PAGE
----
NYT “First Person” Podcast: How Do We Treat Obesity?

Frank Racioppi
4 min readJan 19, 2023

Interview podcasts are as common as hidden fees in today’s world. Think about it. They’re cheap to produce, easier to set up than on-location recording, and enable the guest to fill in most of the script with their comments and observations.

Most interview podcasts market themselves as having culturally relevant conversations on topics of social importance. The reality, however, is far different from the hype.

Interview shows like Something You Should Know and The Jordan Harbinger Show are solid interview podcasts with interesting guests a host that knows how to ask probing questions, then listen to the response and follows up.

The New York Times’s interview podcast, First Person, is one of the best in the genre. The show’s tagline is: “Every opinion starts with a story. Intimate conversations about the big ideas shaping our world, hosted by journalist Lulu Garcia-Navarro. From New York Times Opinion.”

Garcia-Navarro has Ira Glass-level interviewing skills, and the topics chosen resonate with listeners. Consider some of the recent episodes.

Why Does Big Tech Make It So Hard to Fix Your Devices? — The C.E.O. of iFixit is fighting for your right to stop shopping and start repairing.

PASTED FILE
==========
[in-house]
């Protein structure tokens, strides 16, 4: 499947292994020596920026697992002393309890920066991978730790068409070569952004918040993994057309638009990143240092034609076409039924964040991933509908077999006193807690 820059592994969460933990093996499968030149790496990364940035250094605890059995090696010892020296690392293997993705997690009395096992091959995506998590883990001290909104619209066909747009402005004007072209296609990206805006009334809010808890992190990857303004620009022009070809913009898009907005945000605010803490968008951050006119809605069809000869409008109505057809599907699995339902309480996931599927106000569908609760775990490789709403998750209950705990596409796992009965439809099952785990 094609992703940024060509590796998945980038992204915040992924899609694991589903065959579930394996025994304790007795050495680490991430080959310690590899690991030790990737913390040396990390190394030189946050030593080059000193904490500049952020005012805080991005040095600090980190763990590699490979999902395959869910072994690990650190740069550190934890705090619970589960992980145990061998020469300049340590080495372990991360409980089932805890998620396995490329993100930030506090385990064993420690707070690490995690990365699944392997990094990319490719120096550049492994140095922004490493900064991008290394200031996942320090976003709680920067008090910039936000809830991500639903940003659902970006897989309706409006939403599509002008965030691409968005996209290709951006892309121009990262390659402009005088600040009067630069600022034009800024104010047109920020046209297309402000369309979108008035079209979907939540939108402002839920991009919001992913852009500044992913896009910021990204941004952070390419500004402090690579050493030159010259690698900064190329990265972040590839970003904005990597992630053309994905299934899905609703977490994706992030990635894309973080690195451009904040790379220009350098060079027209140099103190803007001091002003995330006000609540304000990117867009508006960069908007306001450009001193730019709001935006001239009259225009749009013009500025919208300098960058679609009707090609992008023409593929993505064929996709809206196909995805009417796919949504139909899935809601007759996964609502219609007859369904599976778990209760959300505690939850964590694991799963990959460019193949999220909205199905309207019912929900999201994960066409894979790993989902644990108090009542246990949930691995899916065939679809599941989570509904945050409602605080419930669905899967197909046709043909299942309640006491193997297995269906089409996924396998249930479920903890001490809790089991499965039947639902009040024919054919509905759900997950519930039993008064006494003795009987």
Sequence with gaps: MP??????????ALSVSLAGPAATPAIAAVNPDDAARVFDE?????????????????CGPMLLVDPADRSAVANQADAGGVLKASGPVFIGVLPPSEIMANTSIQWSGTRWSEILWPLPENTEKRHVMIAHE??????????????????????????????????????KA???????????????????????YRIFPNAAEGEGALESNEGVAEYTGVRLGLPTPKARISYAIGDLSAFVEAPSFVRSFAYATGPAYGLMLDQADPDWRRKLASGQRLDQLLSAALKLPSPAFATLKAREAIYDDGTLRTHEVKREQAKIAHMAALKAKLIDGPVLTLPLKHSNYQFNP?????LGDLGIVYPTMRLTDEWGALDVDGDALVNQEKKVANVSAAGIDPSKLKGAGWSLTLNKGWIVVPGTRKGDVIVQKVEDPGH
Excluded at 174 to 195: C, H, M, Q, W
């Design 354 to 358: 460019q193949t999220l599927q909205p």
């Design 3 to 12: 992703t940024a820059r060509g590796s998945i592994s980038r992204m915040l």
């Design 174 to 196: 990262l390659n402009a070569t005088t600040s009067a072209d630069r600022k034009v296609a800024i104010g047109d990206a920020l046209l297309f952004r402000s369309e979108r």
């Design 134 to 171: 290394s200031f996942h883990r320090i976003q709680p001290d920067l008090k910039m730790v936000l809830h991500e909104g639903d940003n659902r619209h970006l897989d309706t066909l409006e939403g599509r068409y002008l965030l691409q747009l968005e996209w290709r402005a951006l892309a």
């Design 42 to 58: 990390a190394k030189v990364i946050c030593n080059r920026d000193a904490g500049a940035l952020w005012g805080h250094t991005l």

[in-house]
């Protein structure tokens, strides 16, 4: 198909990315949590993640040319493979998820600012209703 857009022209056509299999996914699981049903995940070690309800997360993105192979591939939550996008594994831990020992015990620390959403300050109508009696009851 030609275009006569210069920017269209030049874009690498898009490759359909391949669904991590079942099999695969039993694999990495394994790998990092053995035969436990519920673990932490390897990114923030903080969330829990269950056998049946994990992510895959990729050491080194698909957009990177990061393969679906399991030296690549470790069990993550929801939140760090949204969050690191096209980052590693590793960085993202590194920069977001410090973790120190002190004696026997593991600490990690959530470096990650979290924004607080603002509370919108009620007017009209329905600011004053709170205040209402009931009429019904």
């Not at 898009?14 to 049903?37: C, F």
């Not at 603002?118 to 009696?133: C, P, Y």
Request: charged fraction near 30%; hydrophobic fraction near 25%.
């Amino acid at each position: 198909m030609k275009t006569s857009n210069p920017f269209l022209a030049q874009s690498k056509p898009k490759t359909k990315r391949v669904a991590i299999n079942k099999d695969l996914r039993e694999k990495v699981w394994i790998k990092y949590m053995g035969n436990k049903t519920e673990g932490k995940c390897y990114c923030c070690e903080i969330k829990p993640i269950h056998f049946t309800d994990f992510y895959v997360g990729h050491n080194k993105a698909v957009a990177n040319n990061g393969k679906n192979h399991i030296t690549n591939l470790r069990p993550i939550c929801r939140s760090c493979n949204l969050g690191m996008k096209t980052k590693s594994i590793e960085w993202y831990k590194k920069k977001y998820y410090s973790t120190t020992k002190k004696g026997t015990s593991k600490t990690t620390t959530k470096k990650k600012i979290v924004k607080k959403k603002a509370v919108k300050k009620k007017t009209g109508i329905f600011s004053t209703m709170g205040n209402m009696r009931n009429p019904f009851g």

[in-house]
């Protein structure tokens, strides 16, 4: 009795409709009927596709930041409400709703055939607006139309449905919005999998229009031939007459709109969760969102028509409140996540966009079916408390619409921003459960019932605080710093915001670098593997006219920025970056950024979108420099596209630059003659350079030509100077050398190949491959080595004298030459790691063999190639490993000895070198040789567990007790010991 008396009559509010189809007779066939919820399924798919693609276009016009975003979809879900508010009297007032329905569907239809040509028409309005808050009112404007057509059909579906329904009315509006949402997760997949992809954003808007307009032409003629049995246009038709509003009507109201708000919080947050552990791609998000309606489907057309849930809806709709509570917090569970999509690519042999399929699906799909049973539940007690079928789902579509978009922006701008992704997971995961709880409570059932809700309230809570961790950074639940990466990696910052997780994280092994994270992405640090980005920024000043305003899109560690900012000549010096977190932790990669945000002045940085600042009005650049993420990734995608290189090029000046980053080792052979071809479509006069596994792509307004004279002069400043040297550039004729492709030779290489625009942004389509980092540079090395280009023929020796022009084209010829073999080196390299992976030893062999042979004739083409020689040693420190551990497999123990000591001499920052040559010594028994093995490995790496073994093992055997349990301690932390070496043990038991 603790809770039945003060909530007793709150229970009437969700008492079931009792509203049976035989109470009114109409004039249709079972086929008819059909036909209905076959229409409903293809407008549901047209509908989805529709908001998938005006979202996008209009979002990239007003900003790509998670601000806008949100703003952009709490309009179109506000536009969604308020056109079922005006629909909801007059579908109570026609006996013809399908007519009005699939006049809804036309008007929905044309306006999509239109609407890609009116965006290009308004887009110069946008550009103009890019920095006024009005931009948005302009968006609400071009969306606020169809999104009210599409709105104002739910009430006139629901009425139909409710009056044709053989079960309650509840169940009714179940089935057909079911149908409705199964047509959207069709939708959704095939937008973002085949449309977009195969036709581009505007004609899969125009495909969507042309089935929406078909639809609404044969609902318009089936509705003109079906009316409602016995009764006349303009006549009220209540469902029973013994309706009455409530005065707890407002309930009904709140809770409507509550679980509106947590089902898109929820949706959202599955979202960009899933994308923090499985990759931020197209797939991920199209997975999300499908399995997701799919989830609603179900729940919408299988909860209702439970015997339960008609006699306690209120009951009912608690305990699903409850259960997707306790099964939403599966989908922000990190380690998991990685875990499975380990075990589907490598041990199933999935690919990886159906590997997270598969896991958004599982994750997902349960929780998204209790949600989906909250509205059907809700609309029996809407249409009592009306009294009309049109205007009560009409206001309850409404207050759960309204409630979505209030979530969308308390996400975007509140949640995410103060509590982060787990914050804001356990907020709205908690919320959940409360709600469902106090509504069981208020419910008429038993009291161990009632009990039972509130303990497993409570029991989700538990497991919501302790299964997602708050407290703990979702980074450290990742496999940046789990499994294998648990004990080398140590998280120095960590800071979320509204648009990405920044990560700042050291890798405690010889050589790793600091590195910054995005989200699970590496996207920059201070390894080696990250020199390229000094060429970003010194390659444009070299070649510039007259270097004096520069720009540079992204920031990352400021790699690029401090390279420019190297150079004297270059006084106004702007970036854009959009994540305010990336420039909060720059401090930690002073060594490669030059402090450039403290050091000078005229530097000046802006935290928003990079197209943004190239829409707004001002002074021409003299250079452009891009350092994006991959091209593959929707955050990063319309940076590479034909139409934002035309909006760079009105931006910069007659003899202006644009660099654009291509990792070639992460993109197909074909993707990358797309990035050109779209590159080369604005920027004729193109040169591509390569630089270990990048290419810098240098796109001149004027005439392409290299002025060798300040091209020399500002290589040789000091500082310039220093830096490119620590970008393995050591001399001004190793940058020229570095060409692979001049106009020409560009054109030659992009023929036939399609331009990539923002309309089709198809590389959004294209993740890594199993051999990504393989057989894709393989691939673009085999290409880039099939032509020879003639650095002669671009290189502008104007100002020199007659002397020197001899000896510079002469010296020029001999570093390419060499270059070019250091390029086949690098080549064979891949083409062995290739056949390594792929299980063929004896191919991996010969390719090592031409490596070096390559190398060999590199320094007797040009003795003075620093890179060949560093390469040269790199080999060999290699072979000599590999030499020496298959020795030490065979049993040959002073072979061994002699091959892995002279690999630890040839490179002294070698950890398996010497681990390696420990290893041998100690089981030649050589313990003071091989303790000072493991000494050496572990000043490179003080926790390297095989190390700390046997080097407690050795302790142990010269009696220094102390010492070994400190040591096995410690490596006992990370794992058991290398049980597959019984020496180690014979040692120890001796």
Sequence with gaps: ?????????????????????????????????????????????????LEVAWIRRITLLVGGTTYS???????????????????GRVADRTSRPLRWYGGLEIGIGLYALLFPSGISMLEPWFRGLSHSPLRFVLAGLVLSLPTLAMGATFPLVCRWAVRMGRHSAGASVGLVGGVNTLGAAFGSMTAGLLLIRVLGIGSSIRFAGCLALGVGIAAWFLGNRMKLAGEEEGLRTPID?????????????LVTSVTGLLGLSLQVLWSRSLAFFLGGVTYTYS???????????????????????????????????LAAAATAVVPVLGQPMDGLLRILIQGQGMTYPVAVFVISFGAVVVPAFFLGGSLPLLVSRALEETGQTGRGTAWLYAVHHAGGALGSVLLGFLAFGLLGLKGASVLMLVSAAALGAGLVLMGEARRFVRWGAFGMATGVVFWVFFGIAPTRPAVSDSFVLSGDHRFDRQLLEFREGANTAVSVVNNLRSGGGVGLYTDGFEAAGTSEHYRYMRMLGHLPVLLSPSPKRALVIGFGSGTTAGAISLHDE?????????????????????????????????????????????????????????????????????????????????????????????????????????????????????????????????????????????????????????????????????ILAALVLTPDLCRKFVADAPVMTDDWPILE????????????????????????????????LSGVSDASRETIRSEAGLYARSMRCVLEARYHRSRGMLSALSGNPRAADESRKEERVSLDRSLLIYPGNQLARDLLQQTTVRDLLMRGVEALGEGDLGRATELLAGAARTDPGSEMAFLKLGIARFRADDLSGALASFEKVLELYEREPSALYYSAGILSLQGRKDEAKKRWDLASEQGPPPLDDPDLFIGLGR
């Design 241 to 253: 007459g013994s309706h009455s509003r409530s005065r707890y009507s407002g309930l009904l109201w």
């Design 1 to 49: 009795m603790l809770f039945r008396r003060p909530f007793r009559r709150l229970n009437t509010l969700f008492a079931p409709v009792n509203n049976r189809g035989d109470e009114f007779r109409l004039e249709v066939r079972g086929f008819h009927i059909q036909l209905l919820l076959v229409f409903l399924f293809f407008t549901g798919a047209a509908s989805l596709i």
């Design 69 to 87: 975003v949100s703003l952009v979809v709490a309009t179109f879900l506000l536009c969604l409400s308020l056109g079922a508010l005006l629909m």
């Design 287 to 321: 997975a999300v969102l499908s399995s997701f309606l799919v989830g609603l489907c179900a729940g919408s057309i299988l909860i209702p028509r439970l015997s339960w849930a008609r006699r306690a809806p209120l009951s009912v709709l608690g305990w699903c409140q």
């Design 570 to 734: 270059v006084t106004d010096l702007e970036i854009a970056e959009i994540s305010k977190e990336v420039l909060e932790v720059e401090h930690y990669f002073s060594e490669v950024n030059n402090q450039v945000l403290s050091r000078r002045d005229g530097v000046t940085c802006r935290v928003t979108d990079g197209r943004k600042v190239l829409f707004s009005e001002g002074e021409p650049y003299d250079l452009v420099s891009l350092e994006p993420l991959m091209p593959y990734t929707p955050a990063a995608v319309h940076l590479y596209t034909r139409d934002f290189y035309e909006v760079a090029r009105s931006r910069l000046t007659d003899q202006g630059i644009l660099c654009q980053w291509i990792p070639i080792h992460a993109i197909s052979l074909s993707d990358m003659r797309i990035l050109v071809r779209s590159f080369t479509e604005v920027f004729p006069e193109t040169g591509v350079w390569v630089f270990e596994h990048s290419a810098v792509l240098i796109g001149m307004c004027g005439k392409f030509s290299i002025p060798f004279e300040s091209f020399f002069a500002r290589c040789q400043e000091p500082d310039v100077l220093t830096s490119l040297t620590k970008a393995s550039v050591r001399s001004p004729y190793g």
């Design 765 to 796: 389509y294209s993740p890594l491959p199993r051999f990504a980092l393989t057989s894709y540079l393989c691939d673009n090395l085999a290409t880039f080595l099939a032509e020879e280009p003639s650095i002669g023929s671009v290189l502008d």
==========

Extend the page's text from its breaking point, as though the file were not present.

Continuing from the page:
Veteran Outing Domestic Extremists — Veterans are valuable recruits for far-right groups. Kris Goldsmith wants them to fight back.

A Librarian Spoke Against Censorship. Dark Money Came For Her. — Now she’s fighting back.

In the most recent episode of First Person, host Lulu Garcia-Navarro speaks to Dr. Fatima Cody Stanford, a professor at Harvard Medical School and Obesity Medicine Specialist at Massachusetts General Hospital.

When Dr. Stanford entered medical school in the early 2000s, obesity medicine was not part of the curriculum, even though obesity rates in the United States have been steadily rising since the 1980s.

Since then, she’s spent her career pushing for changes in the way the medical establishment thinks about and treats obesity, calling for interventions that recognize the condition as a disease, not simply a failure of willpower.



Frank Racioppi

I am a South Jersey-based writer who manages Podcast Reports on Blogger and have a book available on Amazon about podcasts and podcasting called “Ear Worthy.”